But why?

I couldn't (and still can't) figure that out. What good would it do for a spammer (or other attacker) to subscribe to my email newsletter list?

Or are the subscription records bogus anyway? Are they the byproduct of attackers trying to probe the security of the signup forms? To see if they could exploit a SQL injection attack or something like that?

Or is something more widespread going on? A Google search on "aifseng", for instance, shows that "word" paired with other nonsensical (in English) "words" on a host of other sites.

Did I miss a memo about some security issue going on? Or is this the case where something is getting lost in translation?

Any ideas or info out there?

Image credit: maddercarmine on Flickr


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Survey: Only 40% of Canadians Password-Protect Their Cell Phones

GlobeandmailOnly 40% of Canadian cell phone users password-protect their phones or use other privacy options, a survey by Canada's privacy commissioner found. The results of the 2000-person survey were released in August and written up in a Globe And Mail piece entitled "How private is that text message?".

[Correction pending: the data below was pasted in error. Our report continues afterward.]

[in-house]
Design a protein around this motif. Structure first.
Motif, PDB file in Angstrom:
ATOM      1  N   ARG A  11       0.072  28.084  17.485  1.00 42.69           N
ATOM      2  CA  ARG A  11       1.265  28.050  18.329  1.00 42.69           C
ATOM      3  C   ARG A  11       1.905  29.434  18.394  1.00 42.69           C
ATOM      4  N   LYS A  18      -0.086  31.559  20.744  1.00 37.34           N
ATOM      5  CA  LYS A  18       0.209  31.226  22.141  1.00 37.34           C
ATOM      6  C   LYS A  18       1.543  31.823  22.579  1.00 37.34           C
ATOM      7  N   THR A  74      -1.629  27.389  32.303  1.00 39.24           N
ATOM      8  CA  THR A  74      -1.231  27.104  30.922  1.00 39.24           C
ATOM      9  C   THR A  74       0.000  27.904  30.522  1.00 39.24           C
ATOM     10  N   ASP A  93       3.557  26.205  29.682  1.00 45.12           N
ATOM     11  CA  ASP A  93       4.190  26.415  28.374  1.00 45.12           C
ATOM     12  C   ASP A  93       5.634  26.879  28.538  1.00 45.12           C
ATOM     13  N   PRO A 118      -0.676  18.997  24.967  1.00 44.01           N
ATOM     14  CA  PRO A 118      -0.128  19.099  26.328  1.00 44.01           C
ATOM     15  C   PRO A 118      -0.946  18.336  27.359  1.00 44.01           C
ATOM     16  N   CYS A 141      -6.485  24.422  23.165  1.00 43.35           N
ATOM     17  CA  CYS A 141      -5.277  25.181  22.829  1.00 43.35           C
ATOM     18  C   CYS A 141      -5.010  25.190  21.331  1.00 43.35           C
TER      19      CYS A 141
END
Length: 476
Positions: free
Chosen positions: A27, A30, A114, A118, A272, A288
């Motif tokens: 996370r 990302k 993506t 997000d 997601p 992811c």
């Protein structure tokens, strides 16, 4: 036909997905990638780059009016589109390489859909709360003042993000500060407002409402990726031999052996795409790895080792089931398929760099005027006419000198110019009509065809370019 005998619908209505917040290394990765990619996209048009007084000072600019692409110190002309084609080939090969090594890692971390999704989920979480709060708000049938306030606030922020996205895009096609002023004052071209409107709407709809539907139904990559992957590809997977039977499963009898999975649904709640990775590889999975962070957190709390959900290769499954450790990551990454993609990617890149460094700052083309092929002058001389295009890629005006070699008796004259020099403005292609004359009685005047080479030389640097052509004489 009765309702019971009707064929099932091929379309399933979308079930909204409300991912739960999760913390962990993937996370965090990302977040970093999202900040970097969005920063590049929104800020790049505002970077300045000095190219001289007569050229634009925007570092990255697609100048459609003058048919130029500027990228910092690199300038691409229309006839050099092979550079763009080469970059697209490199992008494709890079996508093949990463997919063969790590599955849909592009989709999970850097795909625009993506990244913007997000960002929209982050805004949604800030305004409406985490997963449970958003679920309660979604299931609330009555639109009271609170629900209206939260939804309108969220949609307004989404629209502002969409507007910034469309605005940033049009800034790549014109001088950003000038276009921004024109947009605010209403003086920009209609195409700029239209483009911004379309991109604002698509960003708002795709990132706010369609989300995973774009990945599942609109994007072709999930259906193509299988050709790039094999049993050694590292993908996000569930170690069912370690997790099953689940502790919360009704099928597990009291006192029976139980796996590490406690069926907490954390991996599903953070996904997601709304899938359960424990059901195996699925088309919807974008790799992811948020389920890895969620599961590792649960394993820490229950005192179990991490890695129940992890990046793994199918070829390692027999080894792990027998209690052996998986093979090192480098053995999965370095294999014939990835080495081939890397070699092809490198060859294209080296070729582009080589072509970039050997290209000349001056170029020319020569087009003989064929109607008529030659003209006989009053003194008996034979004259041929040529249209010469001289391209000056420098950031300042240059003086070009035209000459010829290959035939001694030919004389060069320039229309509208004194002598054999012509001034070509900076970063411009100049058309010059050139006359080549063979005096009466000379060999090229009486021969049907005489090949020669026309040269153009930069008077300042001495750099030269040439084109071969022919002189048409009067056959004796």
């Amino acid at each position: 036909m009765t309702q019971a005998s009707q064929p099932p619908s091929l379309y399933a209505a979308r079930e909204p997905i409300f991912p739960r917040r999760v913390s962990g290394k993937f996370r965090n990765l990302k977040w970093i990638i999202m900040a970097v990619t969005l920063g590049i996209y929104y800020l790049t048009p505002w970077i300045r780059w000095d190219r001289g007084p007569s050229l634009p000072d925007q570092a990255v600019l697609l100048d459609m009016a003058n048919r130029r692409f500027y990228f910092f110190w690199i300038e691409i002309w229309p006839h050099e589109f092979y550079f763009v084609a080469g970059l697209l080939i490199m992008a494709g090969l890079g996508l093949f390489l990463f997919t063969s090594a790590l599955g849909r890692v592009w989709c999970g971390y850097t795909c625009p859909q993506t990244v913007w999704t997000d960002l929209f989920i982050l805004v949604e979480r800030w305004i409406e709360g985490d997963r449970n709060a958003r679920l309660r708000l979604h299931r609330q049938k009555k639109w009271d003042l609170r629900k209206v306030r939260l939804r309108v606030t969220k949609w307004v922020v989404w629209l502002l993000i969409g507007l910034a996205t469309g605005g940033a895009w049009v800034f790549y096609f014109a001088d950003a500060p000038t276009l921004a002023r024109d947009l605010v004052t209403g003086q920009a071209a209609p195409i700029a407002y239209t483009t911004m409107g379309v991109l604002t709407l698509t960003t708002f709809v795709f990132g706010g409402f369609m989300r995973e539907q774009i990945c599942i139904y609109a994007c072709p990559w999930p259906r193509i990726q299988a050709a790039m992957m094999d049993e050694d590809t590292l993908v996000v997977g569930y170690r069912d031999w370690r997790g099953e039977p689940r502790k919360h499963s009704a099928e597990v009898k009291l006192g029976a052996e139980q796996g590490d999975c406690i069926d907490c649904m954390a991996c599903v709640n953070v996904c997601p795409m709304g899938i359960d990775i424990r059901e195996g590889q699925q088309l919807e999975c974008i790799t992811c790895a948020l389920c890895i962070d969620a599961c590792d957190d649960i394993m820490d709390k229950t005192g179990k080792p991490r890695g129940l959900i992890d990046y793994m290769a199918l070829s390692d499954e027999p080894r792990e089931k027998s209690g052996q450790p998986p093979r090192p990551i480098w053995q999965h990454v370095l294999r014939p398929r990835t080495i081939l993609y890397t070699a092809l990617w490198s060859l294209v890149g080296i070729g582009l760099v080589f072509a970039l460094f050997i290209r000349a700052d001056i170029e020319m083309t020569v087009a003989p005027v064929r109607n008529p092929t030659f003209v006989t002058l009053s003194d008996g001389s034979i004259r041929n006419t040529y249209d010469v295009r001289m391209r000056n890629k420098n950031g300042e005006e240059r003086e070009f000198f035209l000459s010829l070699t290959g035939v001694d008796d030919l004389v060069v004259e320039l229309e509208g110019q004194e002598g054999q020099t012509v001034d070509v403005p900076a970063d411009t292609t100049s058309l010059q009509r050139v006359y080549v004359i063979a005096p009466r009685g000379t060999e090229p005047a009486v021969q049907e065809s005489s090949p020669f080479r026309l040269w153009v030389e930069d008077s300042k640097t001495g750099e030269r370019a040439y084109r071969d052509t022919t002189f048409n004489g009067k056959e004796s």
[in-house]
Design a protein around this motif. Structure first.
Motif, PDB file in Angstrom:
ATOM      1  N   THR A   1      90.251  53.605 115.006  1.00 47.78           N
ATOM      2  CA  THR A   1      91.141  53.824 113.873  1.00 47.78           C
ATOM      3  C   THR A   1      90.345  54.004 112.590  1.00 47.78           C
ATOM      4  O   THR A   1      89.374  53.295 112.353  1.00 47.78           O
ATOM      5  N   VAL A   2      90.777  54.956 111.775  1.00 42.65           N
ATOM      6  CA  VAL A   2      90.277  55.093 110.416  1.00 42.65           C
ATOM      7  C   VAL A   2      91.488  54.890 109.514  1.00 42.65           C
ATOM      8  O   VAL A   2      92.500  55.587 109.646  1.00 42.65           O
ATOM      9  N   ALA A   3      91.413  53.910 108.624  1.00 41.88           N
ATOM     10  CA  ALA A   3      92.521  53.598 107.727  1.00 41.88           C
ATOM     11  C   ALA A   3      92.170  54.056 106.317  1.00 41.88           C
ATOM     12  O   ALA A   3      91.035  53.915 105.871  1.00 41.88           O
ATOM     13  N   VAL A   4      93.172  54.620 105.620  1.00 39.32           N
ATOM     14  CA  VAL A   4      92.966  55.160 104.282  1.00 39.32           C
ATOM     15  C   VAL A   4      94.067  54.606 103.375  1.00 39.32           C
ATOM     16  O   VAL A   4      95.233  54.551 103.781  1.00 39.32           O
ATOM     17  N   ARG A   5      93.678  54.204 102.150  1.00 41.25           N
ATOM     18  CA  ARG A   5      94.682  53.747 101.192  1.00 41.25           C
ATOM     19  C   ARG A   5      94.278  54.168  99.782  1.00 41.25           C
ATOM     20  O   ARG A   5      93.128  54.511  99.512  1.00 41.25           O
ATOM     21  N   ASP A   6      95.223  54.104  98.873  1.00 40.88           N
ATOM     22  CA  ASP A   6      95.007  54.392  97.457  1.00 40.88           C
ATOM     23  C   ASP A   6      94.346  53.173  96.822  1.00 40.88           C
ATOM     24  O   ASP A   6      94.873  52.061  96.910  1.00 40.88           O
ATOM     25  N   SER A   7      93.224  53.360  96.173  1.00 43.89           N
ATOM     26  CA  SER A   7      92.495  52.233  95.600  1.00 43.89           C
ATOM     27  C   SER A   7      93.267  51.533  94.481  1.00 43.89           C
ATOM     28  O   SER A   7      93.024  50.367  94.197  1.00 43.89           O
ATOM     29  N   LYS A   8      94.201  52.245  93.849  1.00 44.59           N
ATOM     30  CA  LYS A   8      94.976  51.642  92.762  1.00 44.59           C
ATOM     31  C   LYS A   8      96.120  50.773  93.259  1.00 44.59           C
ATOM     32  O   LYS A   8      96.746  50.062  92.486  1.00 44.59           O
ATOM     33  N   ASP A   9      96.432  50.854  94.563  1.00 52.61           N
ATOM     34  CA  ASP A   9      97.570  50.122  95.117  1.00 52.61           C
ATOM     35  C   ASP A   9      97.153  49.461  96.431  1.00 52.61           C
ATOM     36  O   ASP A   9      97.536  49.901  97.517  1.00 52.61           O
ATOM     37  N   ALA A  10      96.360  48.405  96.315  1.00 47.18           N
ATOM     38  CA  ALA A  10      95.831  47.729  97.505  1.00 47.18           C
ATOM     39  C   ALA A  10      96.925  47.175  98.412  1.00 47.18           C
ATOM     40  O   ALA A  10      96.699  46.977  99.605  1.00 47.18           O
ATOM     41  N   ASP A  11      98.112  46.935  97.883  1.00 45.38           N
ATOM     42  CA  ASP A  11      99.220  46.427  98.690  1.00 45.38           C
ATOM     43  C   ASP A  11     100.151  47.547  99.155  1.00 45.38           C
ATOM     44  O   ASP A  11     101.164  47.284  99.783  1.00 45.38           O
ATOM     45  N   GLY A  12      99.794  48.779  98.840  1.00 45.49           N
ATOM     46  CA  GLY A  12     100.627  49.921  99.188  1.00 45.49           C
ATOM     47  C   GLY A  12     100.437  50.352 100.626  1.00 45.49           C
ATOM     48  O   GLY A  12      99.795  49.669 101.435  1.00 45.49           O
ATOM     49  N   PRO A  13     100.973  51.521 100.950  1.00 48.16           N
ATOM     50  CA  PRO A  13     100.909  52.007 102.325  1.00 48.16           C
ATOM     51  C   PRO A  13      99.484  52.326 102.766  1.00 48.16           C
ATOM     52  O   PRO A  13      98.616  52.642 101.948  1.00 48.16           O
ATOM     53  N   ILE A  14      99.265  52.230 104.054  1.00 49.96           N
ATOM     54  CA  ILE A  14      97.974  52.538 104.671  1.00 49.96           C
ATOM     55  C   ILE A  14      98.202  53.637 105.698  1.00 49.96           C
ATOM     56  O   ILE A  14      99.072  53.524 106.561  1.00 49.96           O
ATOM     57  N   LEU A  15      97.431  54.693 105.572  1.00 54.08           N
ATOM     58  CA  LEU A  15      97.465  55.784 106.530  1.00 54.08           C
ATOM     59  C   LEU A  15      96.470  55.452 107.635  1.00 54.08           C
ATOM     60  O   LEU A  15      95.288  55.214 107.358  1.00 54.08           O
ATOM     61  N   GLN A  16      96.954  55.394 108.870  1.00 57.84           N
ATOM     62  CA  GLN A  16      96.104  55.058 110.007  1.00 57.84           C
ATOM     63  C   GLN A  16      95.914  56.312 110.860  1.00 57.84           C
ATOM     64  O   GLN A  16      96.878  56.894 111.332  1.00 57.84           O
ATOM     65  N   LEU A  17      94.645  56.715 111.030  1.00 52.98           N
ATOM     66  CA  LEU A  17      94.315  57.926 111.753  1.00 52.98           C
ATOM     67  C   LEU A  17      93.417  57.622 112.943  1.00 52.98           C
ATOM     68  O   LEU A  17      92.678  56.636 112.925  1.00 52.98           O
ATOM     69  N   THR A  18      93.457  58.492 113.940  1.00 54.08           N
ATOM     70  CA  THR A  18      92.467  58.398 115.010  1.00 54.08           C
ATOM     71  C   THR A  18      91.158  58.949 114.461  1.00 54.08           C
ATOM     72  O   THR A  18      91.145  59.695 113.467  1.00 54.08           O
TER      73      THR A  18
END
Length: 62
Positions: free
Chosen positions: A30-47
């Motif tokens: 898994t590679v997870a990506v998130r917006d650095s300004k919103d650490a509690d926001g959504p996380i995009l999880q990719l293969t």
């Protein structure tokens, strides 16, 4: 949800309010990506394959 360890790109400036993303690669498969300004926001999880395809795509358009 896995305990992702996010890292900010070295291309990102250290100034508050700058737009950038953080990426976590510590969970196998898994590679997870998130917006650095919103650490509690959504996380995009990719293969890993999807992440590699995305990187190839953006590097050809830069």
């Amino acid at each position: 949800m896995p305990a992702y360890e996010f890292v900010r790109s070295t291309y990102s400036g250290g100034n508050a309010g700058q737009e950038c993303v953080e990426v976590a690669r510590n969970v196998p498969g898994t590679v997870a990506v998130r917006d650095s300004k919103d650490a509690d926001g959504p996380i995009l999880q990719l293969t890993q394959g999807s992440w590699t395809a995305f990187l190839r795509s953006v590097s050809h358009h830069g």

When I saw the headline, I honestly thought it was going to be something about the security of SMS messages... but in fact it was about the security of the cell phones themselves. If the phones aren't secured then someone can go in and look at your text messages. Ergo... the link-bait title of the article. (And yes, it got me to look.)

Still, it had some interesting data points such as the fact that the users from age 18 to 34 were the ones most likely to use privacy tools, which is good to see, since they are probably the ones pumping the most information out online.

Nice to see, too, that 82 percent did not think police should have access to your online usage info without a warrant.

I was surprised, in all honestly, about the 40% number... I actually might have thought of it being lower as I know MANY people who don't password-protect their phones mostly because of the "inconvenience" of having to enter the password to get into the phone.